If your mind is not disturbed, the wind, the vehicle of the mind, is not disturbed, and the four elements are not disturbed, which means you are healthy. And if we continue the practice of thought transformation in our daily life, when death comes, we will also be able to use our death to practice Dharma.

We have reached the same conclusion as we did when we talked about emptiness. There is no point in having an unhappy, dissatisfied mind with ignorance, anger, desire, and other negative thoughts. It creates the cause of samsara and continuously makes us suffer. Practice of the two bodhicittas—emptiness and conventional bodhicitta, the altruistic wish to achieve enlightenment in order to benefit all sentient beings—is the fundamental thought transformation practice. With these two bodhicittas, you can achieve enlightenment and lead all sentient beings to full enlightenment.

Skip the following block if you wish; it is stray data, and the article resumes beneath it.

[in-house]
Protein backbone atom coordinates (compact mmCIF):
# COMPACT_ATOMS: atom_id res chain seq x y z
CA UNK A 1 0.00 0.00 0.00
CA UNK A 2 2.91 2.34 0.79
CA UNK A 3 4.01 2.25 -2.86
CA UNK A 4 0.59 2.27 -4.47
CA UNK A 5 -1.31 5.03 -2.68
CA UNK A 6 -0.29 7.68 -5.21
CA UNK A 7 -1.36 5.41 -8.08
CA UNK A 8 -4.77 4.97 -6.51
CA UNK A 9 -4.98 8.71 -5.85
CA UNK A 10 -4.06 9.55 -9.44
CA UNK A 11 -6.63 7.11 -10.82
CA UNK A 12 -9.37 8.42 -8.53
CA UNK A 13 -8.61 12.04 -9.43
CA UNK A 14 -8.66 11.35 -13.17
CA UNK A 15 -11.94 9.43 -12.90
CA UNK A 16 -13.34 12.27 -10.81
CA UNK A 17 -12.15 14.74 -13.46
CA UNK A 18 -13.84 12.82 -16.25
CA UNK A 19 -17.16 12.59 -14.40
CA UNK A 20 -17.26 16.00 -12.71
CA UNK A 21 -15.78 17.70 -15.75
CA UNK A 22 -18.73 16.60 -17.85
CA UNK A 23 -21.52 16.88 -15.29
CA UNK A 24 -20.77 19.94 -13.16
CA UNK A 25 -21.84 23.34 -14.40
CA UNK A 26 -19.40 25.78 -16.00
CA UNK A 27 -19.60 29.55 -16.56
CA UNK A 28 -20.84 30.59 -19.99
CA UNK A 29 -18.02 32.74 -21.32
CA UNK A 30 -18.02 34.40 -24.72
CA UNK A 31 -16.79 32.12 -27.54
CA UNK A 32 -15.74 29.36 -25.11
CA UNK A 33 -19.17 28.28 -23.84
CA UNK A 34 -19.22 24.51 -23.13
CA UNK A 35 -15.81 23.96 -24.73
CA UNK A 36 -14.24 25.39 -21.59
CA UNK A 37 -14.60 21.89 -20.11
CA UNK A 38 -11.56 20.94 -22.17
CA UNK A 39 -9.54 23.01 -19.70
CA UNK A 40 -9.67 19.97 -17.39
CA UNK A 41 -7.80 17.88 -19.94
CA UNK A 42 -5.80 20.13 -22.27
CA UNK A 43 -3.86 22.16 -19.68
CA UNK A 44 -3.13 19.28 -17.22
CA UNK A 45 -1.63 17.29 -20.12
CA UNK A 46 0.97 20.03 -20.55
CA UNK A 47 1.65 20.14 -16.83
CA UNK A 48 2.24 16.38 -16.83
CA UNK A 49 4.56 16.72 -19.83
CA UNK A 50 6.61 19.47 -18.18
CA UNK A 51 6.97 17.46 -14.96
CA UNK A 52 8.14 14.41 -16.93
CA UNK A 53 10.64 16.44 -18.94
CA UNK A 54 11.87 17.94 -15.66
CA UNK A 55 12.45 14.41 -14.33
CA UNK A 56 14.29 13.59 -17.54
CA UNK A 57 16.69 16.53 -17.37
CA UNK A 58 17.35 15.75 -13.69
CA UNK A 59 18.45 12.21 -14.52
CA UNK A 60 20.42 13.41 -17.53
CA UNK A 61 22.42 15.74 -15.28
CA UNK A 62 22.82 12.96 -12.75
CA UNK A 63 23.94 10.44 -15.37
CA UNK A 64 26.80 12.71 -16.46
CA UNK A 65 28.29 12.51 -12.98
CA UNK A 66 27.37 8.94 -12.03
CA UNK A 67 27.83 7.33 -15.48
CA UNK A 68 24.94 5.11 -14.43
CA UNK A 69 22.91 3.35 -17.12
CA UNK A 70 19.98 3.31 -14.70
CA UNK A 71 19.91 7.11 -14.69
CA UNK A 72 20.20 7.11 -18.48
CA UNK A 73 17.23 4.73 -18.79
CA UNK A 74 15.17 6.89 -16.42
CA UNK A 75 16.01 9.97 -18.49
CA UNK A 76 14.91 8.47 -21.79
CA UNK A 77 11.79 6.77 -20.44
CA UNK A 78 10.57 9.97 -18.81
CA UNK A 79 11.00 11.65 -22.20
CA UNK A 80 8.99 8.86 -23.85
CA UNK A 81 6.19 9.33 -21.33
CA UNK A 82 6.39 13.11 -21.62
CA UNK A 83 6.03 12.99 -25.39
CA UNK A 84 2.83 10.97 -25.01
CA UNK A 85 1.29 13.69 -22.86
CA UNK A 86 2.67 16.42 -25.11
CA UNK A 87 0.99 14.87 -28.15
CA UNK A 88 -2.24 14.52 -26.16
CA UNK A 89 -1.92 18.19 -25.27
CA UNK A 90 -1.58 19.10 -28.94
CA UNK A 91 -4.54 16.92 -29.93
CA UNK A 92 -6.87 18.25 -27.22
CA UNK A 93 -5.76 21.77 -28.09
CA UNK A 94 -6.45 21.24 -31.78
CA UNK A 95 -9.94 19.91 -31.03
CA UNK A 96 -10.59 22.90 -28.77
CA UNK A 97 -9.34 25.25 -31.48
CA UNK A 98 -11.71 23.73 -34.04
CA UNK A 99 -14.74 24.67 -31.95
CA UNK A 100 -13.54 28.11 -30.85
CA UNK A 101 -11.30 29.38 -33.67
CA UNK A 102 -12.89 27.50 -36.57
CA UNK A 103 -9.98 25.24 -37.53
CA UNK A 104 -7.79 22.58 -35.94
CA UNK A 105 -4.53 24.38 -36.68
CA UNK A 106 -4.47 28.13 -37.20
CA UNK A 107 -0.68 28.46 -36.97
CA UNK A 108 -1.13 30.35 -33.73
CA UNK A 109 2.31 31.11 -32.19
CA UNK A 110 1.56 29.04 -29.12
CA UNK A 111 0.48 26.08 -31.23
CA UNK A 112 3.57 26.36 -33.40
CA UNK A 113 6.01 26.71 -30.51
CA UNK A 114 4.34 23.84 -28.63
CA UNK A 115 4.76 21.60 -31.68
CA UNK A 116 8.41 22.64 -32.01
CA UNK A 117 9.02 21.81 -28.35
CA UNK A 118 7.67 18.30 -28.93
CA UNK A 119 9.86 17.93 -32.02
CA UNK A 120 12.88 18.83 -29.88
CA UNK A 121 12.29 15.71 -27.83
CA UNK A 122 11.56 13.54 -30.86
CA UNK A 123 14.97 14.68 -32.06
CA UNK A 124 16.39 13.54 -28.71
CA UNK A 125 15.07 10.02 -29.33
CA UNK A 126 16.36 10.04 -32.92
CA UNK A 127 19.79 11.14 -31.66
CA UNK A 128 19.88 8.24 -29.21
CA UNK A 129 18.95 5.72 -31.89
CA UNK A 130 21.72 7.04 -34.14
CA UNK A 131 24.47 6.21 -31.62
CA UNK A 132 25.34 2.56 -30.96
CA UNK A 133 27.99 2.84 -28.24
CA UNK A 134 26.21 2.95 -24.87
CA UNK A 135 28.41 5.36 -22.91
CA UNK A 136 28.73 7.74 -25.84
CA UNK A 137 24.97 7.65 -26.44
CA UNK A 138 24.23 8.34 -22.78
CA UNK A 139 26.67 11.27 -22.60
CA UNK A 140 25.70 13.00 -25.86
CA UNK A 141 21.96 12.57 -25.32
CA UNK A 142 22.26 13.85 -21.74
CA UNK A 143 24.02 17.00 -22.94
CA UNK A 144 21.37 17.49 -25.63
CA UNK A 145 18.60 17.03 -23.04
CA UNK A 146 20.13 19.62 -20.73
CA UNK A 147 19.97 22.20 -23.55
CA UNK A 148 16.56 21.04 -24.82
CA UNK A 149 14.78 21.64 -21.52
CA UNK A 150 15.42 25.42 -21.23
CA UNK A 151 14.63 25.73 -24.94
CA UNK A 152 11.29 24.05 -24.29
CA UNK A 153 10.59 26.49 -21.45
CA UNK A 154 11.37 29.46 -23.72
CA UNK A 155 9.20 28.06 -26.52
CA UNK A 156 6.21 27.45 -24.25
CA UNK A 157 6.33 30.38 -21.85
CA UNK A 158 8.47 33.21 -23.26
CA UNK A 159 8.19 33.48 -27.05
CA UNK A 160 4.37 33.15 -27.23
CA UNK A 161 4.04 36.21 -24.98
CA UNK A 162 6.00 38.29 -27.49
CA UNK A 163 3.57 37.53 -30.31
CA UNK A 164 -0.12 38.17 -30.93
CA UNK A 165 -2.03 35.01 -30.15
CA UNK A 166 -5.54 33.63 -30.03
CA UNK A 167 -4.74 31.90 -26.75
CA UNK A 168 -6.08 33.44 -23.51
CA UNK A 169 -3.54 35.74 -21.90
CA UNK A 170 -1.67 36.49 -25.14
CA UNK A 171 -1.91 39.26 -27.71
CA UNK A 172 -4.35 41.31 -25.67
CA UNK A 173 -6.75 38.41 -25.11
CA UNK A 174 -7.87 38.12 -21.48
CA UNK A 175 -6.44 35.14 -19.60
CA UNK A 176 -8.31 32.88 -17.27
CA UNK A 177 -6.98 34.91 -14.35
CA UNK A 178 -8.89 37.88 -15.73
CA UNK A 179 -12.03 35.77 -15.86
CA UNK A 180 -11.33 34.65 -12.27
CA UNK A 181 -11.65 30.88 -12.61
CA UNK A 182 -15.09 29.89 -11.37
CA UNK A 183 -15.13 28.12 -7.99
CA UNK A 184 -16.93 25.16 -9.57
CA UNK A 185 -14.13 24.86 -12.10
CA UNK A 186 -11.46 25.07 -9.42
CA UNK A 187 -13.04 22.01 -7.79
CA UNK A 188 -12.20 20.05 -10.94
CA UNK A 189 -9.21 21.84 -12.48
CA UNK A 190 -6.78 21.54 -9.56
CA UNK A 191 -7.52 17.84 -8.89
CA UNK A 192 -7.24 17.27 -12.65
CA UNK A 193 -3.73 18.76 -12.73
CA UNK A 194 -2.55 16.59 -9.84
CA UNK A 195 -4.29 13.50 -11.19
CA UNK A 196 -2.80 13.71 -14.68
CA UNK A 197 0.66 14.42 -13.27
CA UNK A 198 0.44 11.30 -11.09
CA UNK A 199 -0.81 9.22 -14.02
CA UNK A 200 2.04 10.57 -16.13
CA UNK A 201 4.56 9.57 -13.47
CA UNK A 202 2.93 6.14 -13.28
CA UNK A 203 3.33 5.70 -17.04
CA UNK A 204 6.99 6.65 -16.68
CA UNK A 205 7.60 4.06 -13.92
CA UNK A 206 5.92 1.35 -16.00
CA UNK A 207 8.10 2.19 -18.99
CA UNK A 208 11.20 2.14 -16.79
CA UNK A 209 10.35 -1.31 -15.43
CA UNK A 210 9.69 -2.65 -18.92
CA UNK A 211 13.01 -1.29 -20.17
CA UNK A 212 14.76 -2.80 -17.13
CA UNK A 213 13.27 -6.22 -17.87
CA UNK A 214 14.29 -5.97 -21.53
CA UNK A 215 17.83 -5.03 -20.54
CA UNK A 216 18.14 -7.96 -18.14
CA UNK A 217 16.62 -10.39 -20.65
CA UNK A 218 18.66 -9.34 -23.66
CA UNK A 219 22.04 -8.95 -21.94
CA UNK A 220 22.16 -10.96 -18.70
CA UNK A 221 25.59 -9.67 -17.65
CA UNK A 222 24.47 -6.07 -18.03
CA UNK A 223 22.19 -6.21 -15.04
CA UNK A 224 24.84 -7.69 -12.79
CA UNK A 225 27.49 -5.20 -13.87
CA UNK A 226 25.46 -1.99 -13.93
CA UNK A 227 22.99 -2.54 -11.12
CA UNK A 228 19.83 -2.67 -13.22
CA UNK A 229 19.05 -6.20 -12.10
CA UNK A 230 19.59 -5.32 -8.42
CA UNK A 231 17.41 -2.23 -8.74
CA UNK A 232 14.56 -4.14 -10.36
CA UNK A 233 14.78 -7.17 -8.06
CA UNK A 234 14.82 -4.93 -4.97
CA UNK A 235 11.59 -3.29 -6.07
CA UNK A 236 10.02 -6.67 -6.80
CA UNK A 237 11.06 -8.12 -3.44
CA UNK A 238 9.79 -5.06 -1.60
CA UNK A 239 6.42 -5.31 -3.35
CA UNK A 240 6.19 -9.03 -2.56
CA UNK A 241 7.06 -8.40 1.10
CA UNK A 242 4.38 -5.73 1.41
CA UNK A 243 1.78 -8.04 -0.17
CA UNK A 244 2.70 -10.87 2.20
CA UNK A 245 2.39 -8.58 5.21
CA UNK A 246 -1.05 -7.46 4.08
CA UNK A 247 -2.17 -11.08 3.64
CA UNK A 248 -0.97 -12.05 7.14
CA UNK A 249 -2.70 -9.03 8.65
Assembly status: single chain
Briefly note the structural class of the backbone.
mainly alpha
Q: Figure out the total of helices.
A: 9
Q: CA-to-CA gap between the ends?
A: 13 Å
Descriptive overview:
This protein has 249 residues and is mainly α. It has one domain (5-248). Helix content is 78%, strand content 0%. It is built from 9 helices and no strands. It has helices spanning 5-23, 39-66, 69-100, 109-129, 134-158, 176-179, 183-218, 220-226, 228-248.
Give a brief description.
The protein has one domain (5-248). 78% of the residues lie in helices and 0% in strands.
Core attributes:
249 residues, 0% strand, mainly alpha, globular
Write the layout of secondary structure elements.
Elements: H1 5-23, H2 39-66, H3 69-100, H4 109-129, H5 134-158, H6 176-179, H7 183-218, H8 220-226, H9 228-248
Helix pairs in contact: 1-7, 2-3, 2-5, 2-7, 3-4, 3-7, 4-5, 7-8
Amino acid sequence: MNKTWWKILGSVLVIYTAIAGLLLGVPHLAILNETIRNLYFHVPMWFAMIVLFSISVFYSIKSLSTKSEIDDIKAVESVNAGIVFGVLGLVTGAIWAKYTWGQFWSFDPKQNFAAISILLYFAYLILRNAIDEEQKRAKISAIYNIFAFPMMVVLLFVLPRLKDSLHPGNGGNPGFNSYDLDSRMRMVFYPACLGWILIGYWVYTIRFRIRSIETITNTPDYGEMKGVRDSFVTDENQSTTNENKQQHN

We will now dedicate the merit. Due to all the merely imputed merits of the three times accumulated by me and by all other sentient beings, bodhisattvas, and buddhas, may the merely imputed I achieve the merely imputed enlightenment and lead all the merely imputed sentient beings to that merely imputed enlightenment.

Please dedicate like this. Thank you so much.